All of this combines into a deep and challenging card-based RPG that is super smooth to play. You can pop out your phone for a single turn whilst waiting in a queue or sit down at home for a play session and anything in between. It’s not even mired with adverts and in-app purchases – a very small one-off price gets you into this world and you’re not going to find it easy to get yourself out!


First Impressions: Gravel

Sometimes creators – whether we are talking about games, movies, anything to be fair – will absolutely aim for the stars. They will go all-out to nail the top shelf – and sometimes they make it, sometimes they don’t. On other occasions however, something is created just to be enjoyable – no delusions of grandeur, just looking to put smiles on people’s faces. I feel like Milestone – last seen with the woeful MotoGP 17 – has done the latter with Gravel. In review-parlance they’ve not attempted to make a 5-star game – they’ve gone out to make a 3-star game and they’ve nailed it. It might not win any awards or be in the conversation for game of the year but in the meantime anyone who plays it will have had a lot of fun!03-03-2018_19-07-09

It very much reminds me of Rallisport Challenge, which was a launch game for the original Xbox back in 2002. That game also walked the line between realism and fun by having loads of proper licensed off-road racing cars but not making you worry too much about things like braking as you slid around turns. It was a good combination then and it still works now. There’s also an interesting comparison with the last rally game I played – Dirt 4. I said in the review of that game that whilst the main rallying part worked really well, the other race types and modes were lacking. Well, Gravel is what the rest of Dirt 4 should have been – high octane, exciting racing. Gravel is the punk rock to Dirt 4′s indie rock. It’s loud, simple and effective.03-03-2018_19-06-54.png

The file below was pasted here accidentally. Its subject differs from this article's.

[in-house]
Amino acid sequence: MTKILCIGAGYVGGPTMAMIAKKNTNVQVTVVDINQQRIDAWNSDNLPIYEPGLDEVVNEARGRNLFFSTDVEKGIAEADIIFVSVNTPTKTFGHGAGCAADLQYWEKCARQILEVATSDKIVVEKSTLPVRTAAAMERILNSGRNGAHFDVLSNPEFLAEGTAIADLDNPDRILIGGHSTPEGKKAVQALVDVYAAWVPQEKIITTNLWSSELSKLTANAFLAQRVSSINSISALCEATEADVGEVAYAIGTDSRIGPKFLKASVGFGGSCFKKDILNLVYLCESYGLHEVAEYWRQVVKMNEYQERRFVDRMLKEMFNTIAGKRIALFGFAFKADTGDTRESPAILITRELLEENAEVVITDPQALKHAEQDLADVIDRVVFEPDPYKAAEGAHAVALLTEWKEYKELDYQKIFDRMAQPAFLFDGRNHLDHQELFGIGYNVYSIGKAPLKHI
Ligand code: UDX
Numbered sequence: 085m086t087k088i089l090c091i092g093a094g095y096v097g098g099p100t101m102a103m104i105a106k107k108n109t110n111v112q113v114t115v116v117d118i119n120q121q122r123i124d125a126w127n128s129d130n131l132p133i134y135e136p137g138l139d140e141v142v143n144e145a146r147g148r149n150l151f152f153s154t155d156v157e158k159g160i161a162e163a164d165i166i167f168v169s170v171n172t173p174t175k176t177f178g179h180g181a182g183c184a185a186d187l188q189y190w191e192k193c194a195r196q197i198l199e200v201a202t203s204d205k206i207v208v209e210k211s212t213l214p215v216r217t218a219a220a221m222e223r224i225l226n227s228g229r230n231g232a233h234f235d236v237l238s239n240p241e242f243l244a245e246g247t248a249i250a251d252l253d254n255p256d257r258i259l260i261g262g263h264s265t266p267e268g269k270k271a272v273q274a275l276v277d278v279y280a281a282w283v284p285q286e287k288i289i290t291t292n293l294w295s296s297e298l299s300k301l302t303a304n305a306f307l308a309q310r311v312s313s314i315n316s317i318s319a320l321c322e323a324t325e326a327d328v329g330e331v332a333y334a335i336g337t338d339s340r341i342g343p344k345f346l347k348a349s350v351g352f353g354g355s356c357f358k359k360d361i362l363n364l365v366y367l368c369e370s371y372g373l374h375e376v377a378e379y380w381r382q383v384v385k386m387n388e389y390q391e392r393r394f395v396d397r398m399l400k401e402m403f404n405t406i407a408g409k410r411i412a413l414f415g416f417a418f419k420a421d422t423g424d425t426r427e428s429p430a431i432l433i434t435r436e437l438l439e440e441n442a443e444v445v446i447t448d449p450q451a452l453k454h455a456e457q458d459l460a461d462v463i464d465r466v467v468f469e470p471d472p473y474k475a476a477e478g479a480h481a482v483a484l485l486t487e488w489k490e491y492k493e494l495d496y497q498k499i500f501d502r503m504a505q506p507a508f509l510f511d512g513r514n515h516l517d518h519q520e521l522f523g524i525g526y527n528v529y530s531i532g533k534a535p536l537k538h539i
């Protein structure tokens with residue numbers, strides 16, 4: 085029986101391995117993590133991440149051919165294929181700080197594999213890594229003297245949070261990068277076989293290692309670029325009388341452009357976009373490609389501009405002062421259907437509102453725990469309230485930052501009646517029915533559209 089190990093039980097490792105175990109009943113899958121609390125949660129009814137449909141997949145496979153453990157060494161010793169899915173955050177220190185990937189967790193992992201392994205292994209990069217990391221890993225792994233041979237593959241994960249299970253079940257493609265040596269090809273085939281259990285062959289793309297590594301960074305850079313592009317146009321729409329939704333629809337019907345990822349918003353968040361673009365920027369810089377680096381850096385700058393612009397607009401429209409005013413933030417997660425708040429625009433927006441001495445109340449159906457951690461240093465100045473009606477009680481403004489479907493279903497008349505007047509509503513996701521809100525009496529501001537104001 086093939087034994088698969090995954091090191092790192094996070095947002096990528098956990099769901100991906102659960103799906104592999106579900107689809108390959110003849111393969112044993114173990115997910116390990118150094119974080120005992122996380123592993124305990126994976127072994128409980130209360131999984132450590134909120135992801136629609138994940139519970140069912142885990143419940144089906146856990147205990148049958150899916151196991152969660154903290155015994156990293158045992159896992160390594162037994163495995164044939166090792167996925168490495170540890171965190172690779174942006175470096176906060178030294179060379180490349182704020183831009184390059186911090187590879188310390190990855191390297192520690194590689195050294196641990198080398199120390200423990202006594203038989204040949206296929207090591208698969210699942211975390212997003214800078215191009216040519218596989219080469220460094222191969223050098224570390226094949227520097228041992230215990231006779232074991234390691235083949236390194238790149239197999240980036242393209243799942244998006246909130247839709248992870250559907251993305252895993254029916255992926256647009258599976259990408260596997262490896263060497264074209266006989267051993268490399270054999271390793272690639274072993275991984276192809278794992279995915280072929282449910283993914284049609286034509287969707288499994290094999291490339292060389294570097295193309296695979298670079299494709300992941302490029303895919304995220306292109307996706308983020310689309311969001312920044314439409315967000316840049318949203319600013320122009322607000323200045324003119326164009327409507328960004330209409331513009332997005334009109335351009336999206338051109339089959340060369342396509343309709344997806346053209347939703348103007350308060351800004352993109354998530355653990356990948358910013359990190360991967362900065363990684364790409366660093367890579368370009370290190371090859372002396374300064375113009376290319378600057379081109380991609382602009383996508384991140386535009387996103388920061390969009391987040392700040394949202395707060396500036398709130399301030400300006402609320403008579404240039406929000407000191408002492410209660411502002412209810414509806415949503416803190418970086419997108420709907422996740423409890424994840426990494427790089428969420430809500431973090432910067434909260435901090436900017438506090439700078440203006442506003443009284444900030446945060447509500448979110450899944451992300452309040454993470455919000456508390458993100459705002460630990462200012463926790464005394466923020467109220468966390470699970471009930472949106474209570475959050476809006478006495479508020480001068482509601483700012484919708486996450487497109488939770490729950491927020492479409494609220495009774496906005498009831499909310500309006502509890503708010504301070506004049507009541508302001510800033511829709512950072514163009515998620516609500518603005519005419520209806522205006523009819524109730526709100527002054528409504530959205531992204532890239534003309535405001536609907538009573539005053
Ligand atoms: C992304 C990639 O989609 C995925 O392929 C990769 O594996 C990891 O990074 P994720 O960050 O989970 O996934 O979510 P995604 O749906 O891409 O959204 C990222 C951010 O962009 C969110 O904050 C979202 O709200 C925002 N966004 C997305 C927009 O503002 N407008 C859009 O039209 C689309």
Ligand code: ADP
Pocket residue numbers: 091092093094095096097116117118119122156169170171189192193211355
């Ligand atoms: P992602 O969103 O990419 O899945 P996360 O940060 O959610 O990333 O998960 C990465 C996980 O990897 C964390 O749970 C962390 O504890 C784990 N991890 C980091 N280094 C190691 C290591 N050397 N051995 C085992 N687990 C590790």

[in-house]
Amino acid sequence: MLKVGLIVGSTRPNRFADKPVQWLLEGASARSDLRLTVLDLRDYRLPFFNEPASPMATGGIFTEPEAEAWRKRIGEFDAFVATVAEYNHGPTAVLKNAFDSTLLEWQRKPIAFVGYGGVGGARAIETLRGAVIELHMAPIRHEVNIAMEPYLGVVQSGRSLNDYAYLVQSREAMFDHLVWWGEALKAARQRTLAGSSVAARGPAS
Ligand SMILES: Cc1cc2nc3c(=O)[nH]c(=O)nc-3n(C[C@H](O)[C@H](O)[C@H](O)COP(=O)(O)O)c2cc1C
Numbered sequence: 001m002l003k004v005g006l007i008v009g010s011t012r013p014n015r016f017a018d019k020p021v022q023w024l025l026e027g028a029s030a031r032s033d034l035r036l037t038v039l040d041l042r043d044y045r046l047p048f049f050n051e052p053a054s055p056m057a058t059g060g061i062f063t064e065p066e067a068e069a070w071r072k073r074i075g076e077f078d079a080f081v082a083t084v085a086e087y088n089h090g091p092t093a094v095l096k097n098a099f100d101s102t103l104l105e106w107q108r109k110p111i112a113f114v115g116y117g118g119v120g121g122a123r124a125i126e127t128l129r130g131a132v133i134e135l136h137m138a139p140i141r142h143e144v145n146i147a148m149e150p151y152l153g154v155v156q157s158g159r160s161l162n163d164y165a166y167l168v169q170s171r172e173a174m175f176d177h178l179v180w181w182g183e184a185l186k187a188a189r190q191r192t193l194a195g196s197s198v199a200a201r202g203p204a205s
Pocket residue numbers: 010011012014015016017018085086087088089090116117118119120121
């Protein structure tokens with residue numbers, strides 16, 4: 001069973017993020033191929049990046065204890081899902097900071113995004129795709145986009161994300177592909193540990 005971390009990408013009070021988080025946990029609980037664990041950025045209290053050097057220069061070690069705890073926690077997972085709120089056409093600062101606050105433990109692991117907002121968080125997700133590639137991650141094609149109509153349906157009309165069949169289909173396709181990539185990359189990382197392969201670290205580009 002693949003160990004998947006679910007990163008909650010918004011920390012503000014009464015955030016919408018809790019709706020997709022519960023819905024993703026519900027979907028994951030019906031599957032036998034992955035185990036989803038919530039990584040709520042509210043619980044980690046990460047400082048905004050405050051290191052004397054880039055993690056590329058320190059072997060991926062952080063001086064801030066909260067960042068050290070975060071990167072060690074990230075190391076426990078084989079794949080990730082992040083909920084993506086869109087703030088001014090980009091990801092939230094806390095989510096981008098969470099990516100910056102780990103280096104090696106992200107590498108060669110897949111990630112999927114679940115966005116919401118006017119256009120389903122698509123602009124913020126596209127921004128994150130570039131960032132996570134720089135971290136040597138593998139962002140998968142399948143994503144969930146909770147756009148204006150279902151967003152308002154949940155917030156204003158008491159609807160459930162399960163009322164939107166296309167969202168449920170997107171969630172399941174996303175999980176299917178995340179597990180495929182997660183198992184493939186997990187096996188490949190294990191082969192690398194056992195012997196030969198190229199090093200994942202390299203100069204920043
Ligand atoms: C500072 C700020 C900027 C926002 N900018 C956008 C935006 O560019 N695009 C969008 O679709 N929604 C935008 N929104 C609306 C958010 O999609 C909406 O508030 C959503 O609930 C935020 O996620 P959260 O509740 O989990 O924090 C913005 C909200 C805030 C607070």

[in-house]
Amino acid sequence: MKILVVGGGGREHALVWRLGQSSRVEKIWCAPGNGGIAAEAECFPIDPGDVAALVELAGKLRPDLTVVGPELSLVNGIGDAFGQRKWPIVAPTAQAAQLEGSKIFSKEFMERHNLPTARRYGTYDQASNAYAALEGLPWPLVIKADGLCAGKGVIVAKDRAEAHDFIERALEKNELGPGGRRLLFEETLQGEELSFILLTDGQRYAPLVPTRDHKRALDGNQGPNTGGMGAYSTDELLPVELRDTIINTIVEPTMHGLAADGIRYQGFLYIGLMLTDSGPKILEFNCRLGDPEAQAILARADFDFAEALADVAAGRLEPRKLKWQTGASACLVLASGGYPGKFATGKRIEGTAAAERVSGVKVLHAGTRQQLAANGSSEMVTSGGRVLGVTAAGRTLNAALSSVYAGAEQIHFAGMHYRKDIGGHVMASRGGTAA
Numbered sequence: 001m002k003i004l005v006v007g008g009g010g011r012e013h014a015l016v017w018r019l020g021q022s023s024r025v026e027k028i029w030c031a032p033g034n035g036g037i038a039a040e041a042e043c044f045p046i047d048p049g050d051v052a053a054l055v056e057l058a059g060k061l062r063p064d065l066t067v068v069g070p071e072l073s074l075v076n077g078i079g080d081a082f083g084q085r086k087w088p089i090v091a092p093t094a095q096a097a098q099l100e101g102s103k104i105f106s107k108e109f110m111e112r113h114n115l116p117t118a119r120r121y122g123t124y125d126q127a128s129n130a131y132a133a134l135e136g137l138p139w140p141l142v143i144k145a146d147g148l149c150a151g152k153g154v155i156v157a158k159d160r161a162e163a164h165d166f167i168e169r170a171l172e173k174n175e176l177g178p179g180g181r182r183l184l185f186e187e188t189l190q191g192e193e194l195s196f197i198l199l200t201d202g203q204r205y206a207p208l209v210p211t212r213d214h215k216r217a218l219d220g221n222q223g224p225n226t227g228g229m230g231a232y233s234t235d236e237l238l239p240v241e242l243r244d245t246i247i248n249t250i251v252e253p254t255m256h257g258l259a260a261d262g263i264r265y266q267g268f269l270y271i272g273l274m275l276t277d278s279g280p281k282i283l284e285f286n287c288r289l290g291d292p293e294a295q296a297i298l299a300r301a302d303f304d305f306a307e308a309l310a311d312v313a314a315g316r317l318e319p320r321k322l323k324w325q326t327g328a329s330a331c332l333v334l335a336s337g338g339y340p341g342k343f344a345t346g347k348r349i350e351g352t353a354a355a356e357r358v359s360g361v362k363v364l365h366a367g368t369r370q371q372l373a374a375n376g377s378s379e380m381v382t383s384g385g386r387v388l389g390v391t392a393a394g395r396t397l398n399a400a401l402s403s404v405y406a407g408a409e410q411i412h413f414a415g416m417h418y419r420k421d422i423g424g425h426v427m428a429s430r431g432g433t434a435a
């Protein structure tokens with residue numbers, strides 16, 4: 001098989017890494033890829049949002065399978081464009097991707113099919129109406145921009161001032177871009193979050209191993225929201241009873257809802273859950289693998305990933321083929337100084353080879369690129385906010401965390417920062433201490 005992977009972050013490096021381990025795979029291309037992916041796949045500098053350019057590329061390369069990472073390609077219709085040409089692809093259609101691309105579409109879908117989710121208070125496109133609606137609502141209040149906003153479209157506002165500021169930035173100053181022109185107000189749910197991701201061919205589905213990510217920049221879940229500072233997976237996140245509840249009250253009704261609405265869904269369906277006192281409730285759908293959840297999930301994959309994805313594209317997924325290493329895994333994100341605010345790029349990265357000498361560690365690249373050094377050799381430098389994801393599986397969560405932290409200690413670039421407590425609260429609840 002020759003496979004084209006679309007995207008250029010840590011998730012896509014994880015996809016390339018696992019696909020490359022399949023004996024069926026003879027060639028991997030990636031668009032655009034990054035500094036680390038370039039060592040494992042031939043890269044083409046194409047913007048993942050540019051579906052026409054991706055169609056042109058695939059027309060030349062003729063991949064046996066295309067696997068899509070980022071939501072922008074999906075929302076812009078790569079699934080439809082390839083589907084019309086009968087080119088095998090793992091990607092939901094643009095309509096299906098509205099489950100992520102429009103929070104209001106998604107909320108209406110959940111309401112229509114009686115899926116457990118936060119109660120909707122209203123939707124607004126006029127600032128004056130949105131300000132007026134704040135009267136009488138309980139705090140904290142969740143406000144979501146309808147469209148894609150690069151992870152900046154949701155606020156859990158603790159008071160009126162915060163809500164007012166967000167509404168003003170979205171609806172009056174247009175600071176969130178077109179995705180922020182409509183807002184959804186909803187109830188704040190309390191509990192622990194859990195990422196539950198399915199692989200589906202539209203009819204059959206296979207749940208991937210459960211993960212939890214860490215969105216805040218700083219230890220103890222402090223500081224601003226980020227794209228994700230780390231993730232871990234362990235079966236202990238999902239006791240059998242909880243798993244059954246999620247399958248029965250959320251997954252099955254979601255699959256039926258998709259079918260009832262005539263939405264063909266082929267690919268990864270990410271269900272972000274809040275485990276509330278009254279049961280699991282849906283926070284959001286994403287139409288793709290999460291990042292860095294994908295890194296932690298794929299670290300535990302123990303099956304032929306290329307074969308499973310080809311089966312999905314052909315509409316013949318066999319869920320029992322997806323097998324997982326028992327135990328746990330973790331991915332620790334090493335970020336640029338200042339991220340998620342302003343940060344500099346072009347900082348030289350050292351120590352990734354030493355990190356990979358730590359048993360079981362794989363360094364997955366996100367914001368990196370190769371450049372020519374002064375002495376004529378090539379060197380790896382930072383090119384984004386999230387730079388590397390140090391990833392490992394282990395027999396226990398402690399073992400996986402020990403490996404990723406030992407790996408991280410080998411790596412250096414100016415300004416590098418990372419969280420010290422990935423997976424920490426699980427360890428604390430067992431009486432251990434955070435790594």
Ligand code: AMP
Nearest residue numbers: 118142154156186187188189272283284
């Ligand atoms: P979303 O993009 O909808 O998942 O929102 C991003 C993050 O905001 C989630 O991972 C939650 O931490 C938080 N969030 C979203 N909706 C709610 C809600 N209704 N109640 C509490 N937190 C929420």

I haven’t yet played online, but I can imagine it will be fantastic based on what I’ve played in single player. The career mode is called ‘Off-Road Masters‘ and it based around the idea of beating the current champions in various racing disciplines. One thing I do like is the lack of cones in the time trials! In every other racing game I really hate the races where you are forced to weave in and out of a set of randomly positioned cones. Here instead, those checkpoints are signs that you have to smash through. Try and go through the green arrows as either hitting the red cross or missing them entirely will damage your time! It’s a refreshing and enjoyable change.03-03-2018_19-07-43

Graphically, Gravel is nothing to particularly write home about but again it is just right. The tracks may not be as crisp and detailed as some other modern racing games but they do what they need to do. One of the main things that has stuck with me playing this so far is the mud – slipping and sliding about in it and collecting it all over my car by the end of the races. Even if it looks only ok, it feels great. Same for the car models – they feel slightly like cartoons as they have less detail then we have gotten used to recently but actually that just adds to the fun factor – who doesn’t want to jump into this retro Impreza and skid it through the mud?03-03-2018_19-07-34.png

This game is an absolute blast. I grabbed it on release day without looking at any reviews – surely a recipe for disaster – but so far I have zero regrets. If you are looking for a truly polished and technically outstanding game maybe look elsewhere but if you are looking for fun on four wheels then Gravel won’t disappoint you.

Click here to purchase the game on disc for Xbox One from

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REVIEW: Frederic: The Resurrection of Music & Frederic 2: Evil Strikes Back

  • Released: 2012
  • Played on: iOS
  • Also available on: Android, PC, Mac, Switch
  • Time to get into: 5 Minutes
  • Time to complete: 3 Hours